Explaining The Inquest Into The Deaths Of Seven First Nations Students In Thunder Bay

January 5, 2016

On October 5, 2015, the long-awaited Inquest into the deaths of seven First Nation students, who died while attending high school in Thunder Bay, Ontario, between 2000 and 2011, commenced pursuant to the Coroners Act. Weilers represented the Provincial Advocate for Children and Youth (now part of the Ontario Ombudsman) throughout the six month review of the young students’ deaths.

The five person jury empanelled pursuant to the Coroners Act is required to answer five statutory questions in regard to the death of each student: who, where, when, how (medical cause of death) and means (unknown, natural causes, accident, suicide or homicide) of death. Additionally, the jury may issue recommendations for prevention of death in similar circumstances in the future. Given seven deaths of young people occurred within the city of Thunder Bay, in the shared systemic circumstances of the students having to leave their families, homes and communities to attend high school hundreds of kilometres from home, preventative recommendations are expected.

At this time, the Inquest has heard the evidence in regard to the deaths of Paul Panacheese, Robyn Harper, Jethro Anderson, Curran Strang, Reggie Bushie and Kyle Morriseau. On January 11, 2016, the Inquest continues with the evidence in regard to the death of Jordan Wabasse. This evidence will bring Phase I of the joint Inquest to an end. Phase II will commence in February 2016 with the examination of institutional and systemic evidence from various government, self-government and other participants in the delivery of education and support services to the “subject students”, defined by the presiding Coroner, Dr. David Eden, as “a youth from a remote First Nation who is enrolled in high school”. This systemic review will be followed in March 2016 by Phase III of the Inquest – the proposal of preventative recommendations by the parties with standing at the Inquest, closing arguments of counsel, and the presiding Coroner’s charge to the jury.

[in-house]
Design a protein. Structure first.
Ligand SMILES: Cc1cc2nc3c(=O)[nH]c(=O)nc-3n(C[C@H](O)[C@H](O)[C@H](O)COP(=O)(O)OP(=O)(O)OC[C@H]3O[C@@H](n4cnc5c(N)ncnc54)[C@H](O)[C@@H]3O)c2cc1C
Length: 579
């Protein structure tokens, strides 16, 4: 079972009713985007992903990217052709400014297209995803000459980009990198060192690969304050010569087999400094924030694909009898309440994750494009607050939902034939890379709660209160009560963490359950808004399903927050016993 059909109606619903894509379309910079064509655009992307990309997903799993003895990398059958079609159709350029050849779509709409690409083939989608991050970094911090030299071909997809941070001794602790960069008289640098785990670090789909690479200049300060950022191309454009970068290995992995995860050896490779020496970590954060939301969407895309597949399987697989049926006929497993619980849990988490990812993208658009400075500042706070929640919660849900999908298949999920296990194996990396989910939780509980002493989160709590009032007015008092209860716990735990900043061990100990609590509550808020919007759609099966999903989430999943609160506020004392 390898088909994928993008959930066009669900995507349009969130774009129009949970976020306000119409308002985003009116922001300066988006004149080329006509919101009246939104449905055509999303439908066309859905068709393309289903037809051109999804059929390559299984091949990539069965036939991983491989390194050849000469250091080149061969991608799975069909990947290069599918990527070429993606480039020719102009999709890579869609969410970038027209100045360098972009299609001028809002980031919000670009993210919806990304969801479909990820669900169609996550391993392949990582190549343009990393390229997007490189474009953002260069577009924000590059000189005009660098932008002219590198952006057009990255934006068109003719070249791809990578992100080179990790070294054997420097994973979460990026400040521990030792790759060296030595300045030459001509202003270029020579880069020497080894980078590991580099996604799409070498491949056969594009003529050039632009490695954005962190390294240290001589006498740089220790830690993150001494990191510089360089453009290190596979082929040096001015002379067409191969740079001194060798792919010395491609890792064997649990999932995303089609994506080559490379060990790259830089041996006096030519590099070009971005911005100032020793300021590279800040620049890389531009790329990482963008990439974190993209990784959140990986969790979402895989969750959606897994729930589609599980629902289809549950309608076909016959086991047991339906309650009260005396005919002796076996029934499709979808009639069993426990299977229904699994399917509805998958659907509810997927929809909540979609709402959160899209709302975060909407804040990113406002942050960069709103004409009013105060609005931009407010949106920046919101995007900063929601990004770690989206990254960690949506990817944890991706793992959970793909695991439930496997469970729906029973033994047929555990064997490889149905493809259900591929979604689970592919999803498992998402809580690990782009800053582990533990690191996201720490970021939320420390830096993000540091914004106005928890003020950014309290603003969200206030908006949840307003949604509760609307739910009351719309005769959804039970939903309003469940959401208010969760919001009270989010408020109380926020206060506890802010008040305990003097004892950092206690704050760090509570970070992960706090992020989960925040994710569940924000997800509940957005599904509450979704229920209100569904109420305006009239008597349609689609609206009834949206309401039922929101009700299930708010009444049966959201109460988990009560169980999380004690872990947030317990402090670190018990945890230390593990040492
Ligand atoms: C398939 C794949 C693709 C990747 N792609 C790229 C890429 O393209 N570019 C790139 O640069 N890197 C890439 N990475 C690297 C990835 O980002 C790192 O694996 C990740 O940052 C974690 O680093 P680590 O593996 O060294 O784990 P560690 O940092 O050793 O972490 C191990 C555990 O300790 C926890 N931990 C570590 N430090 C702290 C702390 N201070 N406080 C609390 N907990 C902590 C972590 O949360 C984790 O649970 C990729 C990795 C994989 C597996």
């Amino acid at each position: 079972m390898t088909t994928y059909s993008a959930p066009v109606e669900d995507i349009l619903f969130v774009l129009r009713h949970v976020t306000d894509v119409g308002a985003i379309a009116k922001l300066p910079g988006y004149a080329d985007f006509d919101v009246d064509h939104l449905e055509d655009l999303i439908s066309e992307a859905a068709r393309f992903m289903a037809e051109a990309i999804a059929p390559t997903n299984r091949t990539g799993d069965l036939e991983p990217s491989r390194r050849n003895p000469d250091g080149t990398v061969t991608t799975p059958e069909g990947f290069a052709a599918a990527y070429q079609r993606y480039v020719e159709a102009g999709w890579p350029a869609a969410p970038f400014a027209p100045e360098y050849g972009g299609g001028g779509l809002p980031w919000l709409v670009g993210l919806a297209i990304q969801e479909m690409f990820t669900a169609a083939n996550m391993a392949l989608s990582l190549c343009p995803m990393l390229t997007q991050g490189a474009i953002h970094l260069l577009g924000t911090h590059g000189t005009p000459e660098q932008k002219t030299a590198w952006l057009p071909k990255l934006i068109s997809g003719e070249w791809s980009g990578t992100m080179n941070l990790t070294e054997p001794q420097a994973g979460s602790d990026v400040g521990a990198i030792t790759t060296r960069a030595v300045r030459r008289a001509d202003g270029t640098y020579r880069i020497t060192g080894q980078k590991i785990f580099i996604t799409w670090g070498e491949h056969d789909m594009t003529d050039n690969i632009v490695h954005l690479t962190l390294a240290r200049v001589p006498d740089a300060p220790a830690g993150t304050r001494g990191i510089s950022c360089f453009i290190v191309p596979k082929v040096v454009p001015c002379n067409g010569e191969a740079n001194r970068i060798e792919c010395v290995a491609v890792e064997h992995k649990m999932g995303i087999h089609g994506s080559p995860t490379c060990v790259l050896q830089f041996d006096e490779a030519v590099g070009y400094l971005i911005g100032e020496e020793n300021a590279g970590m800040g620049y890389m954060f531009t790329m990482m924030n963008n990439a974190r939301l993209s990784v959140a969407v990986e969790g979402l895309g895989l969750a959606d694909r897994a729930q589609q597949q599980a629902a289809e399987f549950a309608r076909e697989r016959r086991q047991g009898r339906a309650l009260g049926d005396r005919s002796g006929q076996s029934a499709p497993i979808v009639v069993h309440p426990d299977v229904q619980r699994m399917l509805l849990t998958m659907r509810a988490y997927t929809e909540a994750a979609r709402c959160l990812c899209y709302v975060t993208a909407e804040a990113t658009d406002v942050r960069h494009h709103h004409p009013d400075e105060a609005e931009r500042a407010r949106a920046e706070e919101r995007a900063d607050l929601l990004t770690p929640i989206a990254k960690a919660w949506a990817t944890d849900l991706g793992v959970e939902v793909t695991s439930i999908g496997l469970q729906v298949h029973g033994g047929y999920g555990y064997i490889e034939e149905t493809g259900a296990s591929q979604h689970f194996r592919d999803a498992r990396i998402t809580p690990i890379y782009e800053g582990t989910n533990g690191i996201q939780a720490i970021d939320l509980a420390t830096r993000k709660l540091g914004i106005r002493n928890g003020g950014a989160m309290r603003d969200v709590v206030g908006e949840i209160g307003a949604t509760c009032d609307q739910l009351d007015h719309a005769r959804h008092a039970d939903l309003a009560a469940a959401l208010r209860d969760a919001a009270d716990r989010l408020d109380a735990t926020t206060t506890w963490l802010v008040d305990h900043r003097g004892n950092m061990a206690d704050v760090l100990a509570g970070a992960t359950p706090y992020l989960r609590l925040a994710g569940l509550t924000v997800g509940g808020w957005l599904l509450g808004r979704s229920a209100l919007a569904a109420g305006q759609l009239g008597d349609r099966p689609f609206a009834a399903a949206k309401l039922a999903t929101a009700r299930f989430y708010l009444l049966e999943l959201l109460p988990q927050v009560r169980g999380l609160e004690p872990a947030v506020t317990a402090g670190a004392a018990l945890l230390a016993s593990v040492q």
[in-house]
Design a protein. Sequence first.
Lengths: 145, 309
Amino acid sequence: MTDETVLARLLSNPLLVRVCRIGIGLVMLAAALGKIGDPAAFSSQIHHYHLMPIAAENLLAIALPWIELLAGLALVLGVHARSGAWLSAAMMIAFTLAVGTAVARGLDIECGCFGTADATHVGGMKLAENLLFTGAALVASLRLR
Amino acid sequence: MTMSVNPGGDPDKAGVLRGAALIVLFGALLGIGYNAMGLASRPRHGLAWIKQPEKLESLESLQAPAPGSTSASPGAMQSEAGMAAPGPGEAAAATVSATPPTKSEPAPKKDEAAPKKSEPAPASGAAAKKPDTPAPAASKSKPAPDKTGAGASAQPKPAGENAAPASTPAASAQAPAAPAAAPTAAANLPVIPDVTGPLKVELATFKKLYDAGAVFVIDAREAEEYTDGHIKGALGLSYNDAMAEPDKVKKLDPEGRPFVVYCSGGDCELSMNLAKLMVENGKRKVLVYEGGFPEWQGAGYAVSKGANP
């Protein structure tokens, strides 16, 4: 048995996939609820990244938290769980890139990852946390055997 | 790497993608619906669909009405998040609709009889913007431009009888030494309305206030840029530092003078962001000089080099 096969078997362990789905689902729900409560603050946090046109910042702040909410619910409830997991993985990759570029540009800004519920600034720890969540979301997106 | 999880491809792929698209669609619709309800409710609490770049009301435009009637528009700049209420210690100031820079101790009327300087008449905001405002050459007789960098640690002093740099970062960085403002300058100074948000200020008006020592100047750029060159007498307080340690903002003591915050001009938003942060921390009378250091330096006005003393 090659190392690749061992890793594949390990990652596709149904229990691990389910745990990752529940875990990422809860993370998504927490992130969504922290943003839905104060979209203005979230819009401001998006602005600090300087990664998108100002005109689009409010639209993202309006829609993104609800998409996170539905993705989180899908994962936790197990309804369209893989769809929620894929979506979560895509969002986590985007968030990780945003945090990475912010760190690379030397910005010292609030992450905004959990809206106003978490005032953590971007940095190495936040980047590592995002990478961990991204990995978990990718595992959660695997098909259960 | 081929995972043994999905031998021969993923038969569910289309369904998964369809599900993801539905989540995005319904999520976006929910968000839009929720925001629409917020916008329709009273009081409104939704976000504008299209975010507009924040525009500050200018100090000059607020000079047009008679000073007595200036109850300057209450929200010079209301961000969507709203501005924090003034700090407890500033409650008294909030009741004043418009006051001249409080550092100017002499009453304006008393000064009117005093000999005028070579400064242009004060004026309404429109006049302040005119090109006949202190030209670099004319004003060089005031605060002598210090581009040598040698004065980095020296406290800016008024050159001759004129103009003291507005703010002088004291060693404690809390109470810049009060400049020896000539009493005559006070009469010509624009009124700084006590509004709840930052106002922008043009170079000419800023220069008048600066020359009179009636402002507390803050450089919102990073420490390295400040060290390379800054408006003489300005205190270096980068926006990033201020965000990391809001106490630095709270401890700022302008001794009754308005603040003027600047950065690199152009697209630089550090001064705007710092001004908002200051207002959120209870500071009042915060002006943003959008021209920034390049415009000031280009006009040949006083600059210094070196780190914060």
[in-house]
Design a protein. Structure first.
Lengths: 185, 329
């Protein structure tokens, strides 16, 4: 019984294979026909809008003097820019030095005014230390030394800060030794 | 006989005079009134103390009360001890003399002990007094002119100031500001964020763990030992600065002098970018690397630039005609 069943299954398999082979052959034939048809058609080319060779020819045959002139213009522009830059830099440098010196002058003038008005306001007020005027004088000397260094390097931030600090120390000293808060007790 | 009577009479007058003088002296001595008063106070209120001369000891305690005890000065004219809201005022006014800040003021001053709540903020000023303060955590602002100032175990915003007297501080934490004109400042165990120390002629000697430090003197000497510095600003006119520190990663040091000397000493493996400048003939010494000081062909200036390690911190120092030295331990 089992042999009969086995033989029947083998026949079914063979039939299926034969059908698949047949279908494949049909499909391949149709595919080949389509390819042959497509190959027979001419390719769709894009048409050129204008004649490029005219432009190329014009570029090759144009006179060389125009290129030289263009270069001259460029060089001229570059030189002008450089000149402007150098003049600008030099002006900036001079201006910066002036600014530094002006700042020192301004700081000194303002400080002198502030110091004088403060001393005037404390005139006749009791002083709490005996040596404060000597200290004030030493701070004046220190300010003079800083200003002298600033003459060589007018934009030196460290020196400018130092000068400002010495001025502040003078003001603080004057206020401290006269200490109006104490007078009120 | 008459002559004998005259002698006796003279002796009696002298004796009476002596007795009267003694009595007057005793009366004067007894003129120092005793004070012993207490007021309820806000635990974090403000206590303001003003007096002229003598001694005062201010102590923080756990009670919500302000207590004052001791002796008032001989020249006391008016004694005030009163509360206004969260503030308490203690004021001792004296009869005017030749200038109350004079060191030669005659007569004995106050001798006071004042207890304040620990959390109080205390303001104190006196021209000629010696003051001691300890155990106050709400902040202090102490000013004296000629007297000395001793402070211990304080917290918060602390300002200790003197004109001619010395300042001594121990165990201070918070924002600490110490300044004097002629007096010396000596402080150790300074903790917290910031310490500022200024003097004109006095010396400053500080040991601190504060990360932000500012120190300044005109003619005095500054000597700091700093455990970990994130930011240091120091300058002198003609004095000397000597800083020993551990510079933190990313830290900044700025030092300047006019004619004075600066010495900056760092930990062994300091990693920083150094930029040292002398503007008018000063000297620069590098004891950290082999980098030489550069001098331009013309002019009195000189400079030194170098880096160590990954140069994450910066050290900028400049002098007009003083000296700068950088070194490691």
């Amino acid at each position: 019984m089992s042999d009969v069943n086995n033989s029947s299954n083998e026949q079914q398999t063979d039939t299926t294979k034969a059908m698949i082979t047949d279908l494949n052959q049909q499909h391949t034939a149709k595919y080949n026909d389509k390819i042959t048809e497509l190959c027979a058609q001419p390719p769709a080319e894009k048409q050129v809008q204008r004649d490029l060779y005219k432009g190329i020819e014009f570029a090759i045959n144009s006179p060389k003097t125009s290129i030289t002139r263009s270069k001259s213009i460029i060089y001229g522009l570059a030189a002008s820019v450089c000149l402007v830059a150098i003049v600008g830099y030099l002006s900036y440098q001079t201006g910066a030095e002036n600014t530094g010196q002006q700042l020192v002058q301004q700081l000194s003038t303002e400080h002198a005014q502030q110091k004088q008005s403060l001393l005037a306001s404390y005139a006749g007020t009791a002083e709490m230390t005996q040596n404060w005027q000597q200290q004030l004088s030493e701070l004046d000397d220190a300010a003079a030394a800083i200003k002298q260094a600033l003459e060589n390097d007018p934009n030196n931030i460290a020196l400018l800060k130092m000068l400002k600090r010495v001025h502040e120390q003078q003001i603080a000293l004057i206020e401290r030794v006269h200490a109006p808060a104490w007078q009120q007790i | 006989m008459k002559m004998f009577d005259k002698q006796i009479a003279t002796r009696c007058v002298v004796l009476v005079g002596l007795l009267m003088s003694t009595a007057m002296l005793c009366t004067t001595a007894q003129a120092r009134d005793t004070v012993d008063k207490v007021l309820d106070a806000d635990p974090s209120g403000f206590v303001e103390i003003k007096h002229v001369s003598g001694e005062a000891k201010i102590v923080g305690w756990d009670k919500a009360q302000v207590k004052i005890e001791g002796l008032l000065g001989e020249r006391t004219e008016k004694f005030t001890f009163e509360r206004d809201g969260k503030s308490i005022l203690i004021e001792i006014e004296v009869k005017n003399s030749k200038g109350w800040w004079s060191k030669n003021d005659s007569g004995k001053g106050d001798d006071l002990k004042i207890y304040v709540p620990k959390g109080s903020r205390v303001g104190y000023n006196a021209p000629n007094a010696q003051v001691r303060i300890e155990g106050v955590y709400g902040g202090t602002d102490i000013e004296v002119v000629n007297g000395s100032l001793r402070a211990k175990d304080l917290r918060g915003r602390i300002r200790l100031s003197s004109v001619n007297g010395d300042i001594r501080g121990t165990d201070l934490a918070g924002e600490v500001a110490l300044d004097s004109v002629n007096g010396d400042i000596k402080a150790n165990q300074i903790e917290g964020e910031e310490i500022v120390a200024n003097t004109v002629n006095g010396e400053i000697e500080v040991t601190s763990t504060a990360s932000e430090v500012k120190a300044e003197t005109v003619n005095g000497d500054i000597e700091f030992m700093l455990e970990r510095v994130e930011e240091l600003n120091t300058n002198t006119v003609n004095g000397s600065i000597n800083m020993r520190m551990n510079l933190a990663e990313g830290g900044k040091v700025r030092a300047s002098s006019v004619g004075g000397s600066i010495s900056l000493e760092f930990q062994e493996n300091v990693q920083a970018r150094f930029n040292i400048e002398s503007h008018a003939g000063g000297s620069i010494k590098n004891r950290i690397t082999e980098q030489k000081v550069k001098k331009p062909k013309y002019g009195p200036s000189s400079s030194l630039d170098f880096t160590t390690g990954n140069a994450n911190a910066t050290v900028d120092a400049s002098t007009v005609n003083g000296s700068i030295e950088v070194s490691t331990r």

It is expected that the jury will then retire in April 2016 for deliberations on all of the evidence submitted, followed by its release of its answers to the five statutory questions per youth death and its preventative recommendations in regard to “subject students” who continue to leave their families, homes and communities in an effort to obtain a secondary education.